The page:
For the crew of U.S. Air Force CV-22 Osprey number 06-0031, a lot of things went wrong on the early morning of April 9, 2010, in southern Afghanistan. A series of alleged pilot errors and possible mechanical failures sent the speedy, hybrid aircraft — which takes off and lands like a helicopter but cruises like an airplane — crashing to the ground.
Four people died.
The loss of 06-0031 was a tragedy for the victims and their families. It was also problematic for proponents of the controversial Osprey. In recent years, elements within the U.S. military have worked hard to portray the V-22 as safe, reliable and combat-ready. The Afghanistan crash threatened to undermine that effort.
Which perhaps explains why the Air Force appeared to cover up the possible real cause of 06-0031’s deadly mishap. The lead investigator, Brig. Gen Donald Harvel, claimed that the V-22 suffered engine problems before its crash. Then Harvel’s superior officer overruled the initial decision, chalking up the accident mostly to pilot error. That took the heat off the Osprey itself.
“There was absolutely a lot of pressure to change my report,” he told Air Force Times, adding that the flying branch was focused on protecting the V-22’s reputation.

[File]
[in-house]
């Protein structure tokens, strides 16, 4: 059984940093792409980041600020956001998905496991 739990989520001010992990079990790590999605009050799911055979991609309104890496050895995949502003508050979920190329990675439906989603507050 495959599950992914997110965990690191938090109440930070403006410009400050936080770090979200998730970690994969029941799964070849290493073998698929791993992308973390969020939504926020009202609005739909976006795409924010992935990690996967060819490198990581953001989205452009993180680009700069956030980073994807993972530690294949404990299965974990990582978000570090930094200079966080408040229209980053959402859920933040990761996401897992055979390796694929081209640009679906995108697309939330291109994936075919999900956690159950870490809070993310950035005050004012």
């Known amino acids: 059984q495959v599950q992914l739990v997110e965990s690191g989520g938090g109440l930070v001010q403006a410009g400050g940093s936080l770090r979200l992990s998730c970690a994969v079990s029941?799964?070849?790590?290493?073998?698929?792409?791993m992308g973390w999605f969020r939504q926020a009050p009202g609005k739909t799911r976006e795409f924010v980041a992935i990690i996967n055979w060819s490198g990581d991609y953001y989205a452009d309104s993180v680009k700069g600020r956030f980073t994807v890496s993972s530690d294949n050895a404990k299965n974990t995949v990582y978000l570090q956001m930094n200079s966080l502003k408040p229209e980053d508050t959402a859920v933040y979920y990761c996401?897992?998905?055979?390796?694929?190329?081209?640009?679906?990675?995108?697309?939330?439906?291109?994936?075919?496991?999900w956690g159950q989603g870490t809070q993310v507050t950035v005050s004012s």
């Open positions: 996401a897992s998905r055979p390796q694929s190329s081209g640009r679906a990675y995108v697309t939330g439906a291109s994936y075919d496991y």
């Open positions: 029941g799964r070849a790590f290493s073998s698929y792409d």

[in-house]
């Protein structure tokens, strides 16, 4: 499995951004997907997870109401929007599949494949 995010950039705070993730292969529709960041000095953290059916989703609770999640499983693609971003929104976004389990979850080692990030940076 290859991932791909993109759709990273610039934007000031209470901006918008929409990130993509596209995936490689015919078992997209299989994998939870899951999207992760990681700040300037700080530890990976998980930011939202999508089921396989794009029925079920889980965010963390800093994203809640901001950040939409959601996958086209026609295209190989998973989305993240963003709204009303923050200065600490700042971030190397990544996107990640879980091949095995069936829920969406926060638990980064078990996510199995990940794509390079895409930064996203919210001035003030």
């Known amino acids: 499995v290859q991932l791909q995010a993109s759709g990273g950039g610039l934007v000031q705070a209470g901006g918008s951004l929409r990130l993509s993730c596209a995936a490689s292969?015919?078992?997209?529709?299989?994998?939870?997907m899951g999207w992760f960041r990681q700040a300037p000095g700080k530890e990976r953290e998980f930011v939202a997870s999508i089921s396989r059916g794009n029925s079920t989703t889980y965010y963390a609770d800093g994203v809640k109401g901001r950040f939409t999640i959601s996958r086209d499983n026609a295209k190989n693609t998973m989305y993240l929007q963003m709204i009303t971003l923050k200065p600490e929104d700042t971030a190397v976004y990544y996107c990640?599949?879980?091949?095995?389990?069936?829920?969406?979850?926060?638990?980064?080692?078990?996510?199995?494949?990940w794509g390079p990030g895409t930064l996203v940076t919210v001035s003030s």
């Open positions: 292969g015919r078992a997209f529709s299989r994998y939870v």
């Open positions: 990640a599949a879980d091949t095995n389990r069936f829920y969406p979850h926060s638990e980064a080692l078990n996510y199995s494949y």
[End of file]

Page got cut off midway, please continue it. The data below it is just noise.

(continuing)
A series of fatal crashes between 1992 and 2000 earned the Osprey a reputation as a widowmaker … and nearly resulted in the aircraft’s cancellation. But the V-22 survived, thanks to determined lobbying by the Marine Corps (the Osprey’s main user) and manufacturers Bell and Boeing. After an 18-month redesign period, the Osprey returned to flight in 2002. Five years later, the tiltrotor entered combat.
Tentatively at first, and with growing confidence, the military crafted a narrative — one neatly summed up by Lt. Col. Jason Holden, V-22 plans officer at Marine Corps headquarters in Virginia. “The message is that the V-22 flying today in Iraq and Afghanistan … is not the same V-22 we had years ago,” Holden told Danger Room. “We had problems, acknowledged the problems and have gone on to fix them.”
But as we reported on Thursday, the Marines’ V-22 probably isn’t nearly as safe as Holden and other officials would have us believe. Through clever bureaucratic maneuvering and massaging of mishap data, the Marines have apparently downplayed several serious Osprey accidents, masking ongoing problems with the tiltrotor’s engines, in particular.
It’s possible the Air Force did the same thing during the investigation of 06-0031’s crash, covering up the V-22’s safety risk in order to protect a prized weapon system.